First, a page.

Does it make sense to allocate assets to venture capital?
In the past 30 years, venture capital (VC) has been an increasingly important source of financing for innovative companies. In recent decades, companies like Amazon, Facebook, Google, Intel, Microsoft, Amgen, Genzyme, Starbucks, and Whole Foods have all received substantial funding from venture capitalists during their formative stages. Kaplan and Lerner (2010) estimate that roughly one-half of all true IPOs are VC-backed even though fewer than one quarter of 1% of companies receive venture financing. Gompers and Lerner (2003) and Gornall and Strebulaev (2015) estimate that public companies that previously received venture capital-backing account for one-fifth of the market capitalization and 44% of the research and development spending of U.S. public companies. Consistent with this company-level performance, Harris, Jenkinson and Kaplan (2014, 2015) find that, on average, VC funds have outperformed the public markets net of fees.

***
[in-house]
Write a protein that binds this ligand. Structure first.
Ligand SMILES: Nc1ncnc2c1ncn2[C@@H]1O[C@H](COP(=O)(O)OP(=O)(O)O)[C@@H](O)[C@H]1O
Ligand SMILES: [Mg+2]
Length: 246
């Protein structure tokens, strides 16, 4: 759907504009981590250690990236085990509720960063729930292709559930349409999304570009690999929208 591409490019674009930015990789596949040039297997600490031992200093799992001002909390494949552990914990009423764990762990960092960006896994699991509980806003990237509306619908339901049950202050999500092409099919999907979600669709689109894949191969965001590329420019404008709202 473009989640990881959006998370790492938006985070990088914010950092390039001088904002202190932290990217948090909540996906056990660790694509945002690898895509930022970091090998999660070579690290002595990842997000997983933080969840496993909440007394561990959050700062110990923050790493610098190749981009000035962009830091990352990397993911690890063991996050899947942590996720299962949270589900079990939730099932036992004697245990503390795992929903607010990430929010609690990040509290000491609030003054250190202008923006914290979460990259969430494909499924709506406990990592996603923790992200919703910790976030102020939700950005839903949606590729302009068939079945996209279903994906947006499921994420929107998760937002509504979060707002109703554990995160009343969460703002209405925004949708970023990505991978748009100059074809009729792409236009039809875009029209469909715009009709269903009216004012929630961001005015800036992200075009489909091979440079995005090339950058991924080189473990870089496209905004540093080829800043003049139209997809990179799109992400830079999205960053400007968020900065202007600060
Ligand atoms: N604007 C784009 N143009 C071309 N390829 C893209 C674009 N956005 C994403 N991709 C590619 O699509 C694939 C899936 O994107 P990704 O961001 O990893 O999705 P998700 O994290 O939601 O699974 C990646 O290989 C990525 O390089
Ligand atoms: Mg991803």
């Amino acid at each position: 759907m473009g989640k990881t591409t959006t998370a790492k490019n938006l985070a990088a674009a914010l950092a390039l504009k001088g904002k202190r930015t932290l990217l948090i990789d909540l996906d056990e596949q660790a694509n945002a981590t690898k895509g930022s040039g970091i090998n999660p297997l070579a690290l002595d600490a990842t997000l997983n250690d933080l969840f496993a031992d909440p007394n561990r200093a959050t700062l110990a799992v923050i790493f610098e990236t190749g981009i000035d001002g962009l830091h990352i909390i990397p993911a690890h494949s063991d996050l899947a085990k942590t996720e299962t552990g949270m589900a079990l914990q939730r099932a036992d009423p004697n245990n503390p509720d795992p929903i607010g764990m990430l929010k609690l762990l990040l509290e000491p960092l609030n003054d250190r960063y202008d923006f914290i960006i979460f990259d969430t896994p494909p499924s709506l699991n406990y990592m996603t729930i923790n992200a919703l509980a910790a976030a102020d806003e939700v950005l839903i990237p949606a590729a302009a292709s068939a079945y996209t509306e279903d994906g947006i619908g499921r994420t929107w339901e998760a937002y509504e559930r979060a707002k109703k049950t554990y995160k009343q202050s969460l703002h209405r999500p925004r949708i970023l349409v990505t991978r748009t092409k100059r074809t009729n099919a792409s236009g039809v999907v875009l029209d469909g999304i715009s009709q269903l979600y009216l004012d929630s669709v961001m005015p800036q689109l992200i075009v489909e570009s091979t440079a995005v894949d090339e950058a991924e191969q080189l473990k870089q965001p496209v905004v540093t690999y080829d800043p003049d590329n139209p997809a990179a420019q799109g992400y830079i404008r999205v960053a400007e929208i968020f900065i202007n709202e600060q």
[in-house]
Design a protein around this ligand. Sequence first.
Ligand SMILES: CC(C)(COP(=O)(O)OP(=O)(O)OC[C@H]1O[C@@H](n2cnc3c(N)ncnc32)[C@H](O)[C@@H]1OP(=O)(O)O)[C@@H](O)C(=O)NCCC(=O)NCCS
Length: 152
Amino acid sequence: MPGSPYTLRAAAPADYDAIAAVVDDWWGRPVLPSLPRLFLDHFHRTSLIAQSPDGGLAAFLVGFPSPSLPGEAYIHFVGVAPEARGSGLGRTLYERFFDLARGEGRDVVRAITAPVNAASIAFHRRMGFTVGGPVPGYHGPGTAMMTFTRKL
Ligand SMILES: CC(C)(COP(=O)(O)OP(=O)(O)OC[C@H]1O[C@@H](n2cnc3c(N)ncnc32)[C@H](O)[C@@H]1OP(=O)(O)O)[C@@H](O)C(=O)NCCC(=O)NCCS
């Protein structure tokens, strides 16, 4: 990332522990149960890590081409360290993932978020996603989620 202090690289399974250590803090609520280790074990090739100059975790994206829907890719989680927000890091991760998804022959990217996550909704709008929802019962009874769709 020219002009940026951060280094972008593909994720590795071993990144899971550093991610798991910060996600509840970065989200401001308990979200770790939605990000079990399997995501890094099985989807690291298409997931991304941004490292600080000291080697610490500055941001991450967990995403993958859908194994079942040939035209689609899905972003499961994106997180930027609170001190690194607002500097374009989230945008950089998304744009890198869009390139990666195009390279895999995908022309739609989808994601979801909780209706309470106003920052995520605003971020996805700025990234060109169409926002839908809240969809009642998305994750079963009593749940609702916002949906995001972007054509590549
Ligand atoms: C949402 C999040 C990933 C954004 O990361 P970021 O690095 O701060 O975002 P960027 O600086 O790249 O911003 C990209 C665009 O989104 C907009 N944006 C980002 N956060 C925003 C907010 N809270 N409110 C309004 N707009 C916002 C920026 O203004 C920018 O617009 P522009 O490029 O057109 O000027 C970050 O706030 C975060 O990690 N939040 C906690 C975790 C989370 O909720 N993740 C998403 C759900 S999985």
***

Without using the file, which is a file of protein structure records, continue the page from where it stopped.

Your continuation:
This article seeks to address a series of relevant questions for institutional investors – Does it makes sense to allocate assets to venture capital? Is overall portfolio performance enhanced by having an allocation to venture capital? Does the risk-return relationship provide attractive returns? What can institutional investors learn from the experience of other long-term investors in the sector? And finally, is allocating to venture capital through a fund-of-funds supported by the literature?
Strong Performance of Venture Capital
Any investor thinking about allocating capital to venture capital must answer two critical questions in determining whether the asset class makes sense. First, an investor needs to consider whether investments in venture capital have positive, risk-adjusted returns. And second, an investor needs to determine whether they can identify the best managers in the business.